Katherine G. Johnson had the spotlight on her last year when the movie “Hidden Figures” hit theaters worldwide and gained Oscar nominations. The film told the story of Johnson, Dorothy Vaughn and Mary Jackson – three black women who shattered the racial and gender barriers at NASA in the 1960s to help advance some of the country’s biggest aerospace achievements, Huffington Post reports.
Johnson, deemed a “human computer,” attended the ribbon-cutting NASA research facility named for her on Friday. The Katherine G. Johnson Computational Research Facility is a well-equipped, state-of-the-art, $23 million facility run out of NASA’s Langley Research Center. It will consolidate four of the agency’s data centers as part of Langley’s 20-year rehabilitation plan.
David Bowles, Langley Director, said,
We’re here to honor the legacy of one of the most admired and inspirational people ever associated with NASA. I can’t imagine a better tribute to Mrs. Johnson’s character and accomplishments than this building that will bear her name.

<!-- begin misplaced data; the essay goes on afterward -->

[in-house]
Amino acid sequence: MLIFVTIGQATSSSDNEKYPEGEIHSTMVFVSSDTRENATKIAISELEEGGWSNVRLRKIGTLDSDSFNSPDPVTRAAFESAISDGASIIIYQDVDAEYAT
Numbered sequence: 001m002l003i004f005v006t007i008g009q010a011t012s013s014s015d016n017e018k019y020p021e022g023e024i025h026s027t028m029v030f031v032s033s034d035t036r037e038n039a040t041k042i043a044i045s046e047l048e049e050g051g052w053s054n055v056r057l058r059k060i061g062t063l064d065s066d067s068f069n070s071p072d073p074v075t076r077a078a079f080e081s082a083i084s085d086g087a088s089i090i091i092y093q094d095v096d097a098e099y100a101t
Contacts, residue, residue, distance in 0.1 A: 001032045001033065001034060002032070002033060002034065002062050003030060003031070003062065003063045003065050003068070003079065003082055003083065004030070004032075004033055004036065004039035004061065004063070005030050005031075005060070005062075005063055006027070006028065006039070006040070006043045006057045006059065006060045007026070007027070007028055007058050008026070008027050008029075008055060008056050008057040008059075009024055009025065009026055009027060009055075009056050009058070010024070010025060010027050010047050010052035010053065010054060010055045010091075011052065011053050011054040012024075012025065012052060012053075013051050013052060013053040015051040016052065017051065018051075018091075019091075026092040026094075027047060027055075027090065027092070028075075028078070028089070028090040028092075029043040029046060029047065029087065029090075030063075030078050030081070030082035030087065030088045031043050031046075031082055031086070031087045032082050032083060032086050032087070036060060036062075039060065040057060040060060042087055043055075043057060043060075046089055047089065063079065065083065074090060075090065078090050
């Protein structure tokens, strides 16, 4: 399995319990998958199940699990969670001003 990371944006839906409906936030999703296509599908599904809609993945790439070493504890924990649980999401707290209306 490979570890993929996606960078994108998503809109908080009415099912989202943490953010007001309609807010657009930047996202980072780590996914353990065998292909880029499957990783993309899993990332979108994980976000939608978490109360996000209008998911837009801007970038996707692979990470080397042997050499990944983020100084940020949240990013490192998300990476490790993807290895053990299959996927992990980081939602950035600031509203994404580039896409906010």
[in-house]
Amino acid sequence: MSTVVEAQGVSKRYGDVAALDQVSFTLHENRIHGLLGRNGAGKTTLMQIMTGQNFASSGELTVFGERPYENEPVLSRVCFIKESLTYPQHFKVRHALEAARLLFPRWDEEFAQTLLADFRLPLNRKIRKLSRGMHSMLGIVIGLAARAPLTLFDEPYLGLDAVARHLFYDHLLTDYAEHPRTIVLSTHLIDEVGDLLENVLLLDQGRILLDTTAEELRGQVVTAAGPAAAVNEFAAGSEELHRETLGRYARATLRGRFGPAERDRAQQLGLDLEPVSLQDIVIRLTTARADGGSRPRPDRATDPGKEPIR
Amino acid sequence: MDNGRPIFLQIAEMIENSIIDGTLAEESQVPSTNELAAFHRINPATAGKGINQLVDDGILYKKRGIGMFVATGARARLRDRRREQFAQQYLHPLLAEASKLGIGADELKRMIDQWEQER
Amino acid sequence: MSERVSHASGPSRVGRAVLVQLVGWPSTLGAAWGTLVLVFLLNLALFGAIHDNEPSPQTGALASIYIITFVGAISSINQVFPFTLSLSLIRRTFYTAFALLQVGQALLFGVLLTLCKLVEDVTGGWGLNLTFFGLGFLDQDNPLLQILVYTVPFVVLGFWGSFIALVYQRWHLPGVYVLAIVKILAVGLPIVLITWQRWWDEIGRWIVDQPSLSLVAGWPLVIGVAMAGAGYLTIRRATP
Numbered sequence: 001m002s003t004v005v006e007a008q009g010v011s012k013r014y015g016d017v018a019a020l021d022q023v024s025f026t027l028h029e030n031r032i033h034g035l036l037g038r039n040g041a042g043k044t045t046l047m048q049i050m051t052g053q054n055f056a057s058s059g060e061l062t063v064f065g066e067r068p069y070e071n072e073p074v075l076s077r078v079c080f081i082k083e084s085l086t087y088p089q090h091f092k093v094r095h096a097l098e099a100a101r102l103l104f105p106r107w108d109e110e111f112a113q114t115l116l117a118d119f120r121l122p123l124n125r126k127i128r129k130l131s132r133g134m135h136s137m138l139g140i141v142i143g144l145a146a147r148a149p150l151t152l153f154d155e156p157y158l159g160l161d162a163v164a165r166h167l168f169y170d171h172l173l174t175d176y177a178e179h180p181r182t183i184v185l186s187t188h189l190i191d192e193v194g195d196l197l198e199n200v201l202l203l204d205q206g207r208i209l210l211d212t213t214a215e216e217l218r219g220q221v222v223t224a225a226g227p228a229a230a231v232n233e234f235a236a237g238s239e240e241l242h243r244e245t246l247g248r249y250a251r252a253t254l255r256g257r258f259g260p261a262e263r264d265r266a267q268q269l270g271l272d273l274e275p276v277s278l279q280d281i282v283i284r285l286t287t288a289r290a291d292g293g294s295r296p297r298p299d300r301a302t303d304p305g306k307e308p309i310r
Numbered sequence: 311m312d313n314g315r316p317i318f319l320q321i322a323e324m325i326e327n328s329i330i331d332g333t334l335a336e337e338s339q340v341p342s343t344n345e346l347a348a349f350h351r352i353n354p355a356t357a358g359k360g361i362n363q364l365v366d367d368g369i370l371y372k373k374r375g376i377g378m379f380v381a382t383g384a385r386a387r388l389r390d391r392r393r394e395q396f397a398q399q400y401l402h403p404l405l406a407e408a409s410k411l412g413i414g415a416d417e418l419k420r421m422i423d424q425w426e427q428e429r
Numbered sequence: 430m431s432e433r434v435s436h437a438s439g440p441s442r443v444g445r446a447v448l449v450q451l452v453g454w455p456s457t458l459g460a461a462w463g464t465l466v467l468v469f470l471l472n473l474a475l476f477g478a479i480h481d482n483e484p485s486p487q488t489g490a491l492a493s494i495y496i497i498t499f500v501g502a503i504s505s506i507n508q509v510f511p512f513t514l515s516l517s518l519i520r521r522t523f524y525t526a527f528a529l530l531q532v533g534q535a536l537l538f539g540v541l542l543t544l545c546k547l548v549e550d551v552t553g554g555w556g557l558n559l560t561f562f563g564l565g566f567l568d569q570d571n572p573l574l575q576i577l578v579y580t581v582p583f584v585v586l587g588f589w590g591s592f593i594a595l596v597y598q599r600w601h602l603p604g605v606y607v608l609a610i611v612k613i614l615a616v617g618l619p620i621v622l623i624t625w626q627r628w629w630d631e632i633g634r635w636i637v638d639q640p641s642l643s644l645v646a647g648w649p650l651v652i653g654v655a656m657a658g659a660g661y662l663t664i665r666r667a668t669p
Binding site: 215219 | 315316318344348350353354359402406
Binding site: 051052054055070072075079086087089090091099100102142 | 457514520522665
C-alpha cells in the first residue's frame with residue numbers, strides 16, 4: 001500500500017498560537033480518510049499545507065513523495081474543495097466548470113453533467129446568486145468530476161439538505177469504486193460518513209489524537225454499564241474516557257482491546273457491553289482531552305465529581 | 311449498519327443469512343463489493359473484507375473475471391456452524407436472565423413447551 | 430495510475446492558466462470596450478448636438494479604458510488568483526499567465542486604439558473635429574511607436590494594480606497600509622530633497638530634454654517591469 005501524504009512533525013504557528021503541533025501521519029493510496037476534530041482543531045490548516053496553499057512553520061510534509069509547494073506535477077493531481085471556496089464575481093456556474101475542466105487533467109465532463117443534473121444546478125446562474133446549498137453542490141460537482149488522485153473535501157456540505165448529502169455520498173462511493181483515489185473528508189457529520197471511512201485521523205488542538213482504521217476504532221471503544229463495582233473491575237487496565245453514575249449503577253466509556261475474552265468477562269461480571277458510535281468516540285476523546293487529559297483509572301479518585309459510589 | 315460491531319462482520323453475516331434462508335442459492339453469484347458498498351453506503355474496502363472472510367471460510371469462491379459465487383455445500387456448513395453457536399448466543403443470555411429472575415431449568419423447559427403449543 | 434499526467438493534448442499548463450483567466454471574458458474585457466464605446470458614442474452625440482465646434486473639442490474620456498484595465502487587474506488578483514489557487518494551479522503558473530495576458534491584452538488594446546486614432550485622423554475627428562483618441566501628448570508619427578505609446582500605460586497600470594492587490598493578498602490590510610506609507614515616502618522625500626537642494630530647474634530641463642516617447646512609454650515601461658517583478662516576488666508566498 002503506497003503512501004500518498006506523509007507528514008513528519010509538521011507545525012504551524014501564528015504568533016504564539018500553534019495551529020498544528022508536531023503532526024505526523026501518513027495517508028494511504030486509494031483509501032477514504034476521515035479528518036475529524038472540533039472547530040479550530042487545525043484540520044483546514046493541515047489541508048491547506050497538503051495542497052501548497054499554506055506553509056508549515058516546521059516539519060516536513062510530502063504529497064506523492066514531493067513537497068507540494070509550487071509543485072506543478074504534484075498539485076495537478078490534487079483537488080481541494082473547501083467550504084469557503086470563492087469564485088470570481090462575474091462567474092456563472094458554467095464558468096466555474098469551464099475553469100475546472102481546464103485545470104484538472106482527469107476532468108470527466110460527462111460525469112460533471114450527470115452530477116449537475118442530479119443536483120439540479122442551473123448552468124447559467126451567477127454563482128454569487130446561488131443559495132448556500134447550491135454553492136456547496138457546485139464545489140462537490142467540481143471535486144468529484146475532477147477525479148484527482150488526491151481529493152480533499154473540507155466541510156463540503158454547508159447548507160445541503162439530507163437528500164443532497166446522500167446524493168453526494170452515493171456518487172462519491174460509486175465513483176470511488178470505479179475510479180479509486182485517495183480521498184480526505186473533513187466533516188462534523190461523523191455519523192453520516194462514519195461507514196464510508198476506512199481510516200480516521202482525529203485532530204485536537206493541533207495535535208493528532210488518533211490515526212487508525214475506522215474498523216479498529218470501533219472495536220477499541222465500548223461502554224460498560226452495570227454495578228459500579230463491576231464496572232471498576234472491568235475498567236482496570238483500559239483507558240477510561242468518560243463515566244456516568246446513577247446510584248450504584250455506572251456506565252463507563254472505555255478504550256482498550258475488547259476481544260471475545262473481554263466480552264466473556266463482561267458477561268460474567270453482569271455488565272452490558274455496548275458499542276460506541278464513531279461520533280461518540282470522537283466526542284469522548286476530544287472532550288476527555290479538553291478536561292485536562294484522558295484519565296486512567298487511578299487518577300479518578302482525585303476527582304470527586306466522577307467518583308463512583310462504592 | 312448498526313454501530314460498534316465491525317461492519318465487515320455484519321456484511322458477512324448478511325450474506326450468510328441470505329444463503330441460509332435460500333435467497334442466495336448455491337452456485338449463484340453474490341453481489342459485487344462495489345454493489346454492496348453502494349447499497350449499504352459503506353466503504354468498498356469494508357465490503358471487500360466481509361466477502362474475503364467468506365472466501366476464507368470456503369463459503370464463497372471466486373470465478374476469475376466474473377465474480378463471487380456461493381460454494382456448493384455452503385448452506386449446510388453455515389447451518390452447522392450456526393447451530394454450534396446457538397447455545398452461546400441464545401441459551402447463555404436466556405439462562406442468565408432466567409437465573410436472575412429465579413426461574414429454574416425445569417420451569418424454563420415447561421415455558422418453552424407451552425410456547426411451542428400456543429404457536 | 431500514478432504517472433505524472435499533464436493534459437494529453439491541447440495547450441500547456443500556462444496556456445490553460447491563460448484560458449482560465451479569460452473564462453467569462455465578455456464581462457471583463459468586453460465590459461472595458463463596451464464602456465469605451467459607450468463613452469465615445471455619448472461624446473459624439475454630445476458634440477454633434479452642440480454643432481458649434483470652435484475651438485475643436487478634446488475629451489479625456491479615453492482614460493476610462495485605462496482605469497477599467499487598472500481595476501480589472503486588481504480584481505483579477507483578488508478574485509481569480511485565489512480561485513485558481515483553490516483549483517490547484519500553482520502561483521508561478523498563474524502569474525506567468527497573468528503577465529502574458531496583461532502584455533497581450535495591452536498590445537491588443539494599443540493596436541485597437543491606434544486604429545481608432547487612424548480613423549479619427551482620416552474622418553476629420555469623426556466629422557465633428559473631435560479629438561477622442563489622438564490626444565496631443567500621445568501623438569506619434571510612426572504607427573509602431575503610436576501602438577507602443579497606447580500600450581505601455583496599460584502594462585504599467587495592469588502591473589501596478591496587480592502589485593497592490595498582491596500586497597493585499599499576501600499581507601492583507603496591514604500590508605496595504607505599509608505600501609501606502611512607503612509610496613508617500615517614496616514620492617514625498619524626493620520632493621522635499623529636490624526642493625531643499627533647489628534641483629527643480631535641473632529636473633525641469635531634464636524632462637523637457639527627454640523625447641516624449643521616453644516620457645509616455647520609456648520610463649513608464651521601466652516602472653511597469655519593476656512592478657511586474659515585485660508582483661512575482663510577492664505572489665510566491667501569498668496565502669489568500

According to its website, “Langley scientists study the atmosphere to improve life here on Earth and to better understand the conditions planes and spacecraft fly through. Langley engineers work on technologies to make civilian and military planes safer, quieter and more efficient, while designing tomorrow’s supersonic and even hypersonic aircraft. Langley researchers analyze materials and structures to help spacecraft withstand unforgiving extraterrestrial environments.”
Johnson helped calculate the coordinates for the first human spaceflight ever, and was the first woman in the organization to get authorship credits on a research paper. Johnson computed complex analytical geometry equations that earned the respect of the dominating white men in the industry during her time.
John Glenn, the first astronaut to orbit the Earth, specifically asked that Johnson check his mission landing calculations before his launch. He didn’t trust the new computers in place, and asked engineer to “get the girl.” Glenn famously said, “If she says they’re good, then I’m ready to go.”
Johnson, now 99 years old, maintains her modesty. Regarding the facility named in her honor, she said in a NASA press release, “You want my honest answer? I think they’re crazy.”